Japanese House at O2 Ritz
The Japanese House Live at O2 Ritz, Manchester
It looks like I’m a little late to the Japanese House party. Even though she emerged onto the pop music scene back in 2015, I’d never even heard of the Buckinghamshire-born solo artist - real name Amber Bain - until I had the privilege of seeing her live at the O2 Ritz recently.
Knocking on the door of The Japanese House at midnight, so to speak, at least I have the benefit of hearing all of the hot gossip after-the-fact. It turns out Bain chose a gender-neutral stage name in an attempt to stay anonymous, but instead it only served to stir things up - there were even whisperings that The Japanese House might be a secret side-project of The 1975 frontman Matt Healy - so she was soon forced to reveal her true identity. This definitely gives an intriguing element to the beginnings of Bain’s journey, even for an outsider looking in.
Yet the moment I stepped into the proverbial living room that is the O2 Ritz and heard The Japanese House’s beautifully ethereal melodies for the first time, I felt like I’d always been there, like I’d always known Amber Bain. This Japanese House felt like home.
And I was in good company. The place was packed, and all eyes were fixed on Bain - fronting her band in a baby blue suit and playing a matching Fender upside down - whose quiet confidence and electronically androgynous voice hypnotised us all. As one, we began to undulate to the melancholy sounds of “We Talk All the Time” and “Lilo”, songs that anyone who has ever gone through heartbreak can relate to - and the fact that Bain and her long-term girlfriend recently broke up only added to the poignancy of her performance.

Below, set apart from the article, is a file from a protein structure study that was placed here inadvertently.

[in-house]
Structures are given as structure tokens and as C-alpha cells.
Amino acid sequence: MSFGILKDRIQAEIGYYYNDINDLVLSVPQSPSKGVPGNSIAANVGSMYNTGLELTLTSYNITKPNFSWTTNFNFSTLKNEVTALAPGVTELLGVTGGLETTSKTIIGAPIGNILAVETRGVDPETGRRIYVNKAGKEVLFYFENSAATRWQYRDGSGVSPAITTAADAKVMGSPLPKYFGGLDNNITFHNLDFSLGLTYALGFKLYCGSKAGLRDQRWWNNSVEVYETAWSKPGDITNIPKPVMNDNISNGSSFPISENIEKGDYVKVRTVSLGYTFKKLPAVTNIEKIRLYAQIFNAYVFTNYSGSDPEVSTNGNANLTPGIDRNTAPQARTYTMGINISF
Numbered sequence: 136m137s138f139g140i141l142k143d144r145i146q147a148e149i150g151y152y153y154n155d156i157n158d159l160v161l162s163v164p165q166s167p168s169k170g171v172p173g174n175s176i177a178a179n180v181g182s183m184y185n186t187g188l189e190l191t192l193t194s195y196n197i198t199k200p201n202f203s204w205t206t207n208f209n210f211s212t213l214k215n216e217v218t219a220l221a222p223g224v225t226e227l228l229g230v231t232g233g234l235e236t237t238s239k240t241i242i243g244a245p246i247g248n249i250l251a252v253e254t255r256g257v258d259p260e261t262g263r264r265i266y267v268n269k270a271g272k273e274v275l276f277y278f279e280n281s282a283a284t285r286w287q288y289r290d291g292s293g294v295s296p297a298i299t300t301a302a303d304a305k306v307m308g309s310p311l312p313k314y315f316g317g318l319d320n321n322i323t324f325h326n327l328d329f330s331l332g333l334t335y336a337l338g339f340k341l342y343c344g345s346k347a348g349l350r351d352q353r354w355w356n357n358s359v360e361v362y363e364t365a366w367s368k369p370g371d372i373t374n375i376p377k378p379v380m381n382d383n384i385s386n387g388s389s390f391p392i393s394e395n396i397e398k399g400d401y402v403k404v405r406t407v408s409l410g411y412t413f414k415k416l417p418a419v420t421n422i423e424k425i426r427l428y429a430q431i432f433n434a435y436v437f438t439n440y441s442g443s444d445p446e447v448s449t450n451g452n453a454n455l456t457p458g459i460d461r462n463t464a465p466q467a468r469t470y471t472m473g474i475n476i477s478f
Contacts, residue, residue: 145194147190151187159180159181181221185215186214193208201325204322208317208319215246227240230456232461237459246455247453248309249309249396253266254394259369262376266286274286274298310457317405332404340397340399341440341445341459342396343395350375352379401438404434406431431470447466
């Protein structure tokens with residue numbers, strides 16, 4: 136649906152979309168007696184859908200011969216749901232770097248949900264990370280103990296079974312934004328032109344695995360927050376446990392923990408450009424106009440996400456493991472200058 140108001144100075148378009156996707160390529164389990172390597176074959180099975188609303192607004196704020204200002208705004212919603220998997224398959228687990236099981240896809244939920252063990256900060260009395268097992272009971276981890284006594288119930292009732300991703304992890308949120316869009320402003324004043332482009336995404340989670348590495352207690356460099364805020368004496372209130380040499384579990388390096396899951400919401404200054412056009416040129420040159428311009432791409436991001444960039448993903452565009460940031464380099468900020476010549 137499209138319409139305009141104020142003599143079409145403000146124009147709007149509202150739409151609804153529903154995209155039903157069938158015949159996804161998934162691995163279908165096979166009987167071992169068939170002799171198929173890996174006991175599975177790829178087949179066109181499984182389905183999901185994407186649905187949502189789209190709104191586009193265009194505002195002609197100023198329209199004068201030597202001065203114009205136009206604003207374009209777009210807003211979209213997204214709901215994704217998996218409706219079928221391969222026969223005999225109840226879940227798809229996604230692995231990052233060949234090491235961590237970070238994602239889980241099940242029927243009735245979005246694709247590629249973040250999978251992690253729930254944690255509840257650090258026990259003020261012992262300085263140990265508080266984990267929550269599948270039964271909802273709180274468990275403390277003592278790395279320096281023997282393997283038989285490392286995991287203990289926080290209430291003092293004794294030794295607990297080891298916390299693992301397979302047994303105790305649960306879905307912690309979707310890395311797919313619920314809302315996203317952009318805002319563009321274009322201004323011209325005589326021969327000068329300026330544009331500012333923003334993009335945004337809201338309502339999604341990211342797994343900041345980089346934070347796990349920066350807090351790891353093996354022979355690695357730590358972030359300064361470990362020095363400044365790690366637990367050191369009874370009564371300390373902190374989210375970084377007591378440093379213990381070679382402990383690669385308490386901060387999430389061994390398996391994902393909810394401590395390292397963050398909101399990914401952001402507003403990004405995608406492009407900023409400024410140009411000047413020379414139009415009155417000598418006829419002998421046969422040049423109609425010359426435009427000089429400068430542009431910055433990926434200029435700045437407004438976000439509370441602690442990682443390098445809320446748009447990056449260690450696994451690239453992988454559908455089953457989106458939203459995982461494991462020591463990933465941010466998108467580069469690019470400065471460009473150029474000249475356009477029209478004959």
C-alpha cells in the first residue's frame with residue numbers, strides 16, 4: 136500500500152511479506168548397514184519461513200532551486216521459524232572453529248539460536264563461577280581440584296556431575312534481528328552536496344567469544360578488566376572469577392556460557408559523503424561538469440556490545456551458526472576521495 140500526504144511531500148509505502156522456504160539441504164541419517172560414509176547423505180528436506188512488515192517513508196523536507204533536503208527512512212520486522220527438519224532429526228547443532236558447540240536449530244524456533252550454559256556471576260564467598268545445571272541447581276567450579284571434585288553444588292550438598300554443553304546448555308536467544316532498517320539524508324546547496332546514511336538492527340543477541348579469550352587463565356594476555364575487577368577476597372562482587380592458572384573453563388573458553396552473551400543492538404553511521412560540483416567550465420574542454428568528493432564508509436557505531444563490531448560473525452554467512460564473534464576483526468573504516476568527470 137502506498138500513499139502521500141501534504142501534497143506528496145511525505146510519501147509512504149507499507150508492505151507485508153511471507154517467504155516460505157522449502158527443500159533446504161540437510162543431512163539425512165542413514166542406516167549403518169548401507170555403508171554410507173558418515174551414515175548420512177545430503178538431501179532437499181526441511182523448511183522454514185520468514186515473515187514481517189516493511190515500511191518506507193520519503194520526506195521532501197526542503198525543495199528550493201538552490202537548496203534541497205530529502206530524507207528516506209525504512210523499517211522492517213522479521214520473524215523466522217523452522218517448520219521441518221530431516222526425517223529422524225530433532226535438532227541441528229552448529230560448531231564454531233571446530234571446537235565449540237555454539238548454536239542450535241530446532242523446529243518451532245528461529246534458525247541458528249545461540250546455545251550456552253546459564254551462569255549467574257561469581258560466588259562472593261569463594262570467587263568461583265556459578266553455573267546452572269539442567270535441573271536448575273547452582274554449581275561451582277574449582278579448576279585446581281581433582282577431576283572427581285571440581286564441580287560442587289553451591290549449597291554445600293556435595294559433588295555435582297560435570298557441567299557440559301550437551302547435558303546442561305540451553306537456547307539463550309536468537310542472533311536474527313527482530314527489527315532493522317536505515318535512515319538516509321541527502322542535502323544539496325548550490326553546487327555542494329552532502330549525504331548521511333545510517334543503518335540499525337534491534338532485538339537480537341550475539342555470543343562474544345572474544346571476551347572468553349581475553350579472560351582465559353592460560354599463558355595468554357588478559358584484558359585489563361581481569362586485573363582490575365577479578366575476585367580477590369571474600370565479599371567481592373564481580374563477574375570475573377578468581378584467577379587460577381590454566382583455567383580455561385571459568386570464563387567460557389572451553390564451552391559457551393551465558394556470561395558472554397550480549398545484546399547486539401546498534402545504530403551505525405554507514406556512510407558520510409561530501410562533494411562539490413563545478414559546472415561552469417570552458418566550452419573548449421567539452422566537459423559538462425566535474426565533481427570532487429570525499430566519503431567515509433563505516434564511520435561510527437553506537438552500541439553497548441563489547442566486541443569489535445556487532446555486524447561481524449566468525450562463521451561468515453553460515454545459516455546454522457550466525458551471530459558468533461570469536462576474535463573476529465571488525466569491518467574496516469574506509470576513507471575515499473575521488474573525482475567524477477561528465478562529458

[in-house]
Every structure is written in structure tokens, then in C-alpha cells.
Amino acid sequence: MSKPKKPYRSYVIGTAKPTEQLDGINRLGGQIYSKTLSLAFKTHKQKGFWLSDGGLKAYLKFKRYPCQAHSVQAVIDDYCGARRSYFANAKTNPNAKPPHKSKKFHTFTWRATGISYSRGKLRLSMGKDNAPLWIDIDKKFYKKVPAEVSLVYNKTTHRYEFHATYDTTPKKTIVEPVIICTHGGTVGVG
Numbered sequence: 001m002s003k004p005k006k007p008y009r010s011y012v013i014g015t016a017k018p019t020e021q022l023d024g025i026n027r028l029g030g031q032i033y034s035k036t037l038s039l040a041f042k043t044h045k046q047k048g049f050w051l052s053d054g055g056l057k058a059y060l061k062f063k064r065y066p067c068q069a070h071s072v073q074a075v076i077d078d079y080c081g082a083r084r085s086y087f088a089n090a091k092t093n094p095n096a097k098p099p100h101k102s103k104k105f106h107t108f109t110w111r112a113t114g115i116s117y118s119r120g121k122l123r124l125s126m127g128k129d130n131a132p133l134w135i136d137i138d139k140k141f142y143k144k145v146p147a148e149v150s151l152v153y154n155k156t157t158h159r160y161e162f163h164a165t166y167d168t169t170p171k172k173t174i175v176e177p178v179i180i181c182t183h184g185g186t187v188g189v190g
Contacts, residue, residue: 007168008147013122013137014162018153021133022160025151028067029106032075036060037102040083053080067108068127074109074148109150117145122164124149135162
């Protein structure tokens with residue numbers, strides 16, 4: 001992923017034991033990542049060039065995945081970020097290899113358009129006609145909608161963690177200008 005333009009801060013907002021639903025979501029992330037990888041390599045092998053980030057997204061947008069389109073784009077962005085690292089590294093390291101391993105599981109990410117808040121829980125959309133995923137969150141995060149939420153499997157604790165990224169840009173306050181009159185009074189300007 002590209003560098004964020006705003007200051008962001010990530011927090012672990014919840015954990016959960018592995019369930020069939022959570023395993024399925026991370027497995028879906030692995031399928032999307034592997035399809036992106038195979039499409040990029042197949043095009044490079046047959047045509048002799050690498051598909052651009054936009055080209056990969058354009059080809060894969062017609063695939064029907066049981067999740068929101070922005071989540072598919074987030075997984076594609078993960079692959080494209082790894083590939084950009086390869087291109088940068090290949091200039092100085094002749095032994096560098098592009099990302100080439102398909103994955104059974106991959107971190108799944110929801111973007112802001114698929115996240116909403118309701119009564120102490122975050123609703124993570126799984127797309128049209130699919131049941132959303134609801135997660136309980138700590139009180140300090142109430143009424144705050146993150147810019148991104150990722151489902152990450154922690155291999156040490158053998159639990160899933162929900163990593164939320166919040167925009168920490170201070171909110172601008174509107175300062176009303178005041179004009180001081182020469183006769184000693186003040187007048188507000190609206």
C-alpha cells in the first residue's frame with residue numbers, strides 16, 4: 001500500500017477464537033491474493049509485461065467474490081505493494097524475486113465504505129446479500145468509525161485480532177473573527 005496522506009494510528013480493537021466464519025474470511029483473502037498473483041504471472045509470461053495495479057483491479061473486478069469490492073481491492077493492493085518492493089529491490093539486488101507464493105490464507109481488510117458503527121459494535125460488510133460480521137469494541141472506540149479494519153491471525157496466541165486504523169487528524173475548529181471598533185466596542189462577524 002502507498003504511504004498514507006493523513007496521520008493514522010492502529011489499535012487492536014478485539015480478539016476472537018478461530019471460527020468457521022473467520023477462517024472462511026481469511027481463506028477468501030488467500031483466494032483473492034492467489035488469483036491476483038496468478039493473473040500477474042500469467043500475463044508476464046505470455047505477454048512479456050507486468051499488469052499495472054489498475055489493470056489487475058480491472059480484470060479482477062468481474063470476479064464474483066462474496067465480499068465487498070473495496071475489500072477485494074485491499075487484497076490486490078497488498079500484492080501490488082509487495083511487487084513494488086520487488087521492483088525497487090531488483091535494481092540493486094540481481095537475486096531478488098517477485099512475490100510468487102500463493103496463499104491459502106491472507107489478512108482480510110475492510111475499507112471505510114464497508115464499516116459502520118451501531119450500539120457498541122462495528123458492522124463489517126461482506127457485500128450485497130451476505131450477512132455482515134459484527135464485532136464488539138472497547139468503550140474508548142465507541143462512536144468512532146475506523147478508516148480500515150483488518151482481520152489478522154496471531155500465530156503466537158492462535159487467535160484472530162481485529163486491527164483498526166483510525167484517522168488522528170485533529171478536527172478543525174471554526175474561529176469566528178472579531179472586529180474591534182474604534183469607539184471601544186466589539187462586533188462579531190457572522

The pulse began to quicken towards the end with “Maybe You’re the Reason”, a song that explores Bain’s depression; the crowd’s communal voice rose as we each found a part of ourselves in her honest lyrics; I felt personally connected with her, as if she was actually sitting across the living room, serenading her guests.
After calling it her “last song for a long time,” The Japanese House ended on her new hit single, and the title song of her upcoming EP, “Something Has to Change” - a catchy, upbeat anthem that shares an essence with US sister-act Haim. The gentle lapping of the crowd quickly became a wave of arms and bodies that repeated Bain’s lyrics back to her with as much passion as she delivered them.
I left knowing I’d found a new favourite artist. Someone who epitomises our generation: a general sense of despondency - things aren’t going exactly the way we’d hoped - while also feeling vaguely hopeful, like maybe things will get better. Maybe we can make them better. Maybe.
For The Japanese House, at least, things are looking up. It’s safe to say Amber Bain has had one hell of a year - a year that has included no less than one hundred concerts around the world, as well as the release of her debut album Good At Falling - and I can't wait to see how she builds on this momentum in the coming decade.
Luke Spiby for Canal St Online.